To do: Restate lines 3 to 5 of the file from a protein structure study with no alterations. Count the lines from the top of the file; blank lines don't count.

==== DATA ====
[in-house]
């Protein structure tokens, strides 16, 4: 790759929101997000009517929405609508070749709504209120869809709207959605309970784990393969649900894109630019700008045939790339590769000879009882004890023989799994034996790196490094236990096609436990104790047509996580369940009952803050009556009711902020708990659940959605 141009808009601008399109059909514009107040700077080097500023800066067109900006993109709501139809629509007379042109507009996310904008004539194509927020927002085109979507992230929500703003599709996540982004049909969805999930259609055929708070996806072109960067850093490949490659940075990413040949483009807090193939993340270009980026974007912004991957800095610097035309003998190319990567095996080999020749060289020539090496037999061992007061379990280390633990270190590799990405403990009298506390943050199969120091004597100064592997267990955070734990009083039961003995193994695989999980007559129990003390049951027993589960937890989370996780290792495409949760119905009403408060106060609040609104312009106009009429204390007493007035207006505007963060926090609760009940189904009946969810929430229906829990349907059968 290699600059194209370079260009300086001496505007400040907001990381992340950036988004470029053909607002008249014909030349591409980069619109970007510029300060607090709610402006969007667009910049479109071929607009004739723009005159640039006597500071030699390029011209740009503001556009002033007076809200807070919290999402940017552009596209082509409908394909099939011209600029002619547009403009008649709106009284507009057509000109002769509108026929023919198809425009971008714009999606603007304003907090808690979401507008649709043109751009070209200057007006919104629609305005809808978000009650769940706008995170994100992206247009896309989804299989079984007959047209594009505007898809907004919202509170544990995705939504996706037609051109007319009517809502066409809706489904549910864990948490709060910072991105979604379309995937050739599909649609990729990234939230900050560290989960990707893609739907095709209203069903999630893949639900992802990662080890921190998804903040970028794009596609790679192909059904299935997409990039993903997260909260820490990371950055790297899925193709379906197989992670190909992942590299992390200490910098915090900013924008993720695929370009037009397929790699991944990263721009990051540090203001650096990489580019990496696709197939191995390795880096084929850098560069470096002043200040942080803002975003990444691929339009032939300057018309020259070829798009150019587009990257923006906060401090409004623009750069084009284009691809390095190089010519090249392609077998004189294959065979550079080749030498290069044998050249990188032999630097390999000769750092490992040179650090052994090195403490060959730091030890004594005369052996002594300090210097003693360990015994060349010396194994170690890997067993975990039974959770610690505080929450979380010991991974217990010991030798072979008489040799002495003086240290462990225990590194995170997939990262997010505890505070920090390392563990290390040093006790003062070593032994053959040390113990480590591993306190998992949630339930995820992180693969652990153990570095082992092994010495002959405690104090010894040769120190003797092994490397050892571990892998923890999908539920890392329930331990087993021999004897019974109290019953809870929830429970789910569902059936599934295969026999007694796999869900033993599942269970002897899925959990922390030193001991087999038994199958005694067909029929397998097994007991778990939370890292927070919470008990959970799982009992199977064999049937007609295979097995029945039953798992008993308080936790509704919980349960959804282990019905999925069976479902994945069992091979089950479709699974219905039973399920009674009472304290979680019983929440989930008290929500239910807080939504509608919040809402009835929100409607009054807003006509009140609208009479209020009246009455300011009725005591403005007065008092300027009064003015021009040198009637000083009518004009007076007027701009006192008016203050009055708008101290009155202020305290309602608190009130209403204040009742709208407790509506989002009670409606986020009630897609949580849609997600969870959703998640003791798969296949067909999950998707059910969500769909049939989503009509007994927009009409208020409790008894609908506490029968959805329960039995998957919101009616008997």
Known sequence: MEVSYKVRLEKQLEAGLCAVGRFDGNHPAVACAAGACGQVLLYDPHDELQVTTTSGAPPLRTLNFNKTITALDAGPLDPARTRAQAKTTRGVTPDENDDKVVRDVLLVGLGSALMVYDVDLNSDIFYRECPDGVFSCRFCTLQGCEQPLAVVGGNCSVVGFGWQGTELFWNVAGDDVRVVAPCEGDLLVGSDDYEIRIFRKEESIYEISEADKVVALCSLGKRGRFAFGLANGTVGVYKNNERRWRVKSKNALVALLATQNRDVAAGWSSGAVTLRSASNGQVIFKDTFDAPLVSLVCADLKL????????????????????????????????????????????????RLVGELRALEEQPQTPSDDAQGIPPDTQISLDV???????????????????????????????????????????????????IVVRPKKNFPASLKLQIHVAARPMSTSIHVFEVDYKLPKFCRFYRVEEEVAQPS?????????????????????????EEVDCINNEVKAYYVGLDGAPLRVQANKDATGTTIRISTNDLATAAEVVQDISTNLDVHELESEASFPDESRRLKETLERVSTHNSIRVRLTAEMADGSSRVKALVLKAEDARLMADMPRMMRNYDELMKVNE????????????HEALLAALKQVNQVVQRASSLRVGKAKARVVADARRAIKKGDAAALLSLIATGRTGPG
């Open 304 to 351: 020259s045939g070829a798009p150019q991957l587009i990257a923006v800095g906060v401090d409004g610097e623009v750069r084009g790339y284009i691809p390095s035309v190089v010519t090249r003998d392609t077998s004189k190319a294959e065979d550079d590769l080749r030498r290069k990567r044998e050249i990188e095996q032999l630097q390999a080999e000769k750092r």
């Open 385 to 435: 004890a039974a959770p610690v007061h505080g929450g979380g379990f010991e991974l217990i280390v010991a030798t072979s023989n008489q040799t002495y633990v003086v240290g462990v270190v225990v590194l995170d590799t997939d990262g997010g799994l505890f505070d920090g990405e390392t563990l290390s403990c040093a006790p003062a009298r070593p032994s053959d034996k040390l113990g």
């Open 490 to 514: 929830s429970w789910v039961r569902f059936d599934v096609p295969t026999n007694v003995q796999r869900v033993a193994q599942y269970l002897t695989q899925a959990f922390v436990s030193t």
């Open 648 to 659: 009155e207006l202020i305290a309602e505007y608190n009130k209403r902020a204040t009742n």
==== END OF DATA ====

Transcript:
Known sequence: MEVSYKVRLEKQLEAGLCAVGRFDGNHPAVACAAGACGQVLLYDPHDELQVTTTSGAPPLRTLNFNKTITALDAGPLDPARTRAQAKTTRGVTPDENDDKVVRDVLLVGLGSALMVYDVDLNSDIFYRECPDGVFSCRFCTLQGCEQPLAVVGGNCSVVGFGWQGTELFWNVAGDDVRVVAPCEGDLLVGSDDYEIRIFRKEESIYEISEADKVVALCSLGKRGRFAFGLANGTVGVYKNNERRWRVKSKNALVALLATQNRDVAAGWSSGAVTLRSASNGQVIFKDTFDAPLVSLVCADLKL????????????????????????????????????????????????RLVGELRALEEQPQTPSDDAQGIPPDTQISLDV???????????????????????????????????????????????????IVVRPKKNFPASLKLQIHVAARPMSTSIHVFEVDYKLPKFCRFYRVEEEVAQPS?????????????????????????EEVDCINNEVKAYYVGLDGAPLRVQANKDATGTTIRISTNDLATAAEVVQDISTNLDVHELESEASFPDESRRLKETLERVSTHNSIRVRLTAEMADGSSRVKALVLKAEDARLMADMPRMMRNYDELMKVNE????????????HEALLAALKQVNQVVQRASSLRVGKAKARVVADARRAIKKGDAAALLSLIATGRTGPG
């Open 304 to 351: 020259s045939g070829a798009p150019q991957l587009i990257a923006v800095g906060v401090d409004g610097e623009v750069r084009g790339y284009i691809p390095s035309v190089v010519t090249r003998d392609t077998s004189k190319a294959e065979d550079d590769l080749r030498r290069k990567r044998e050249i990188e095996q032999l630097q390999a080999e000769k750092r």
């Open 385 to 435: 004890a039974a959770p610690v007061h505080g929450g979380g379990f010991e991974l217990i280390v010991a030798t072979s023989n008489q040799t002495y633990v003086v240290g462990v270190v225990v590194l995170d590799t997939d990262g997010g799994l505890f505070d920090g990405e390392t563990l290390s403990c040093a006790p003062a009298r070593p032994s053959d034996k040390l113990g």